FinReg bill just a ruse. Really.
It’s amazingly sad that the majority of the commentariat in the media and the blogosphere see the new regulation as actual “reform” with teeth, as something other than political theater:
Analysts pored over the specifics of the deal as they emerged on Friday and expressed a wide array of views about the impact it would have. Some saw the bill as more of a political statement than a practical measure that could prevent another financial meltdown. Others said banks’ costs would increase, but banks would pass the increased costs along to consumers.
Richard Bove, a banking analyst with Rochdale Securities, said the bill would not severely curtail banks’ operations.
“I don’t see there being a tremendous clampdown on the ability of banks to make money,” he said.
“The banks will have numerous methods of getting around the most onerous provisions in this bill to maintain their earnings growth,” he added. “But the things they will do will increase the cost of banking to everybody in this country.”
For instance, Mr. Bove pointed to last year’s credit card bill, which led banks to push up rates pre-emptively or reduce customers’ credit limits.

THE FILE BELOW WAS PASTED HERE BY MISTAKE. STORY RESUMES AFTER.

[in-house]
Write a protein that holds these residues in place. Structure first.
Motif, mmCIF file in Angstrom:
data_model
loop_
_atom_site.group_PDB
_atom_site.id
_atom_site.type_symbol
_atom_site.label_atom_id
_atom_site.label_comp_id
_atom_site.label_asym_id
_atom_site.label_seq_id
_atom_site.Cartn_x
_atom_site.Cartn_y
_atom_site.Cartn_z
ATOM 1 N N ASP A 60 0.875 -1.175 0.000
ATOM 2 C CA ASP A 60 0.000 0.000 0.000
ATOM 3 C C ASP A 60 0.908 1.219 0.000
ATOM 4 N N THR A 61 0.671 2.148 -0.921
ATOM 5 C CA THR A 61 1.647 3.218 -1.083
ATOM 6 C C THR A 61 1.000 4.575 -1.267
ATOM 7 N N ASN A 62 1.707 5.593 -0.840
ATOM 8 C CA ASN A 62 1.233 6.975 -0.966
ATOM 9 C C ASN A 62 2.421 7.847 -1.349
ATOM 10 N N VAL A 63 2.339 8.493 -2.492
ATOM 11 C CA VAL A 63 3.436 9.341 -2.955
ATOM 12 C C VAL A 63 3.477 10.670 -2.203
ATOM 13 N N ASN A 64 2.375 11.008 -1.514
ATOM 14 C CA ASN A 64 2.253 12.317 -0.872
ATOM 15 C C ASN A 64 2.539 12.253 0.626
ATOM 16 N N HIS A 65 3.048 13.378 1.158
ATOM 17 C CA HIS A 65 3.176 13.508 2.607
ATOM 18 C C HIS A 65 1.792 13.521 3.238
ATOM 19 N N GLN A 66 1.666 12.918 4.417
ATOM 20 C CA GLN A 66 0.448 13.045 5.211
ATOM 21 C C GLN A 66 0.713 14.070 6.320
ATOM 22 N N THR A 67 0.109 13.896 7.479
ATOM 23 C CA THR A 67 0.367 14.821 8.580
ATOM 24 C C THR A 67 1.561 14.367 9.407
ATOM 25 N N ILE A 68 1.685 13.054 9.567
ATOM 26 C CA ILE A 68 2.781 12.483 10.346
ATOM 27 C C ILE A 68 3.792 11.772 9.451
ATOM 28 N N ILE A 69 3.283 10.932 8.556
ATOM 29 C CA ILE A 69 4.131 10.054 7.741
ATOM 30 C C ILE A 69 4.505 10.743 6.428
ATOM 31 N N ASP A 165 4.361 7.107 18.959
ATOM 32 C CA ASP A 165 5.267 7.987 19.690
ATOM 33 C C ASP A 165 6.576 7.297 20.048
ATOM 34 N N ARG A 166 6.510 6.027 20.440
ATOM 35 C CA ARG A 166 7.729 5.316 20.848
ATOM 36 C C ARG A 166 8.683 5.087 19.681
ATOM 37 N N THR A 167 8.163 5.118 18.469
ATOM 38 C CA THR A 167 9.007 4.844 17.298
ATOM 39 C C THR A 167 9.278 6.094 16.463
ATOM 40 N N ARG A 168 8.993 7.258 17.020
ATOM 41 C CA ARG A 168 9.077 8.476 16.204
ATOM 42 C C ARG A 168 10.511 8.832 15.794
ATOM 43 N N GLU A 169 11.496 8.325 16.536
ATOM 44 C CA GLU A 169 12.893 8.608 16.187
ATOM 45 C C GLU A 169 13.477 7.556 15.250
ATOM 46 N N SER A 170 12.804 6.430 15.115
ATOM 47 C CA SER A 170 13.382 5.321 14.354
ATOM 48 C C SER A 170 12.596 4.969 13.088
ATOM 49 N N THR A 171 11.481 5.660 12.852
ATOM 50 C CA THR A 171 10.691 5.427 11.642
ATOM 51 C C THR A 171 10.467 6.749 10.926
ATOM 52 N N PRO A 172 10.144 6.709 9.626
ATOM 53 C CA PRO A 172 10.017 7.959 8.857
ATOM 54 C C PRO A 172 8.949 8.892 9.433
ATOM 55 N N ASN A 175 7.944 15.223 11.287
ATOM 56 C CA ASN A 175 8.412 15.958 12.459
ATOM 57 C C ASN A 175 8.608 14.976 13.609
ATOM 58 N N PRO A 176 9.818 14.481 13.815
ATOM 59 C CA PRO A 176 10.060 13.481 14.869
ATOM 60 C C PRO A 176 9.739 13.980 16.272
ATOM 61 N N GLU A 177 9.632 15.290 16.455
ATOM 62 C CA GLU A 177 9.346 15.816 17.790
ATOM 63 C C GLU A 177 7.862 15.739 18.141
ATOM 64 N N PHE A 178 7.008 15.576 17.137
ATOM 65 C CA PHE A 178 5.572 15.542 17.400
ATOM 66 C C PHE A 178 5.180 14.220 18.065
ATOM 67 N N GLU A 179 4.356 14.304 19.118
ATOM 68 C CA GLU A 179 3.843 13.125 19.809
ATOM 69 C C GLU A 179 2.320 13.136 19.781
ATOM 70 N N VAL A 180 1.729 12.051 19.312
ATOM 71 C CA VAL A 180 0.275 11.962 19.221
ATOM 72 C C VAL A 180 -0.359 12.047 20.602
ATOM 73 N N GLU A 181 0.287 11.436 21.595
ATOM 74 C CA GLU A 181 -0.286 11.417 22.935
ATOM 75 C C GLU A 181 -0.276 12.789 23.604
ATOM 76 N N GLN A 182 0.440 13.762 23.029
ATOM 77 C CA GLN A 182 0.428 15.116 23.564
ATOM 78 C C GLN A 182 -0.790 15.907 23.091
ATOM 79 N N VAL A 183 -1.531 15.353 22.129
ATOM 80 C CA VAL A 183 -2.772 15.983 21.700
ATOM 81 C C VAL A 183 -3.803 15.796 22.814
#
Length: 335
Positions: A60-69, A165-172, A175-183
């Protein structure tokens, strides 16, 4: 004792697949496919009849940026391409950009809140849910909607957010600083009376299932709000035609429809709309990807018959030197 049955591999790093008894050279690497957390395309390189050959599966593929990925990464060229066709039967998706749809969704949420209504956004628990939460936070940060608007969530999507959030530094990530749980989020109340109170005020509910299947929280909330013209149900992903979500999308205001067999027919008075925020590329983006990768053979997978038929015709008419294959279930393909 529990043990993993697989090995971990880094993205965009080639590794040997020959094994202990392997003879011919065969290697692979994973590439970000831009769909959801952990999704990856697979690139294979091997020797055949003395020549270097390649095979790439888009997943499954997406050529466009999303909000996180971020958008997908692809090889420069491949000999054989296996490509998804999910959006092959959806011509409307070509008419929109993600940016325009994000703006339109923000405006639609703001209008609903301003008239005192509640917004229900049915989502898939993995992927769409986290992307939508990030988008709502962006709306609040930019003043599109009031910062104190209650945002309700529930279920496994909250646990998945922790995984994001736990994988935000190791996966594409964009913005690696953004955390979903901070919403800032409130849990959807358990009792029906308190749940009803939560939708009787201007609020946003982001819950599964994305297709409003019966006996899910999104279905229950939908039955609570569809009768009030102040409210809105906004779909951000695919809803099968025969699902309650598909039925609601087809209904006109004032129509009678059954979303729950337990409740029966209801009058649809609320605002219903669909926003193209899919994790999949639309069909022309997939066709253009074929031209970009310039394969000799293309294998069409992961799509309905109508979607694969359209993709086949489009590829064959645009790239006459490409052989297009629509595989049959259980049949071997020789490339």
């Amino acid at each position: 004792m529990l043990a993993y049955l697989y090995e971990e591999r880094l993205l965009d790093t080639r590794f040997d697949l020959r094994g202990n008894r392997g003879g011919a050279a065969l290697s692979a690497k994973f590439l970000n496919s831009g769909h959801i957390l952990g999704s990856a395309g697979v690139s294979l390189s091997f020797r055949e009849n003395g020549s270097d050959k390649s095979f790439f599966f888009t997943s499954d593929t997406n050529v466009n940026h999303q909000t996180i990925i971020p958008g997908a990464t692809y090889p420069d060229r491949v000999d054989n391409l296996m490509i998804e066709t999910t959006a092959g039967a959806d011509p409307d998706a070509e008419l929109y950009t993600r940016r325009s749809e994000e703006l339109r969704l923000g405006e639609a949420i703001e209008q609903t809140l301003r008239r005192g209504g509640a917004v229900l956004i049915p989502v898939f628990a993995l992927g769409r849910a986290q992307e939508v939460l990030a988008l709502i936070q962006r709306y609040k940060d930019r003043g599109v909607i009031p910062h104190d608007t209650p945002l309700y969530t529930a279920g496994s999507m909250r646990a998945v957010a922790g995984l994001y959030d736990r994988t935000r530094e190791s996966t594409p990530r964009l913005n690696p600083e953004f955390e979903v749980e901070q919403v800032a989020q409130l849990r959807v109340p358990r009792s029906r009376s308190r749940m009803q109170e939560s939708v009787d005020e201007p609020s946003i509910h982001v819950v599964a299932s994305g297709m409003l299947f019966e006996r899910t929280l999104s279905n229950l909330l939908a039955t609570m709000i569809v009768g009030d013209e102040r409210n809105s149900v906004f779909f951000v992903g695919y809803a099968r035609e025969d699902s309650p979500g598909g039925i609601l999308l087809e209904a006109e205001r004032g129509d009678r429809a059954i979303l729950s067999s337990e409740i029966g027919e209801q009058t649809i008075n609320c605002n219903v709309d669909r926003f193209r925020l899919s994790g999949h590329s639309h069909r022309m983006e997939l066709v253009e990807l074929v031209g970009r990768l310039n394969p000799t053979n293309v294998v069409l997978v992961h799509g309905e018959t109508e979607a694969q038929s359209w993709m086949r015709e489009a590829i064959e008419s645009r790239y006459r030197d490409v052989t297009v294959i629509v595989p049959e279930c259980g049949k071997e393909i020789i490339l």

“You’re going to get a letter from your bank saying you now have to pay $1 to $15 a month to pay for this bill,” he said. “The banks are going to get the money back because the consumer is going to pay for the bill, and that’s the killer for the consumer.”
Every decade or so, a bubble happens, irrational exuberance reigns and markets overreach. Bubbles and bull markets, although not synonymous, are inevitable in free markets. It’s the nature of the beach. And whenever they burst or correct, politicians cry foul and demand bigger and “better” regulation. It happened after the crash of ’29, it happened after the dot-com bubble, and it’s happening again.
And every time it happens, chest-thumping politicians claim they are sticking up for the average American, when in fact, most of the time, the new regulations are superfluous and useless. What’s more, the average American is usually worse off.
Apparently, we’re on that ride once again.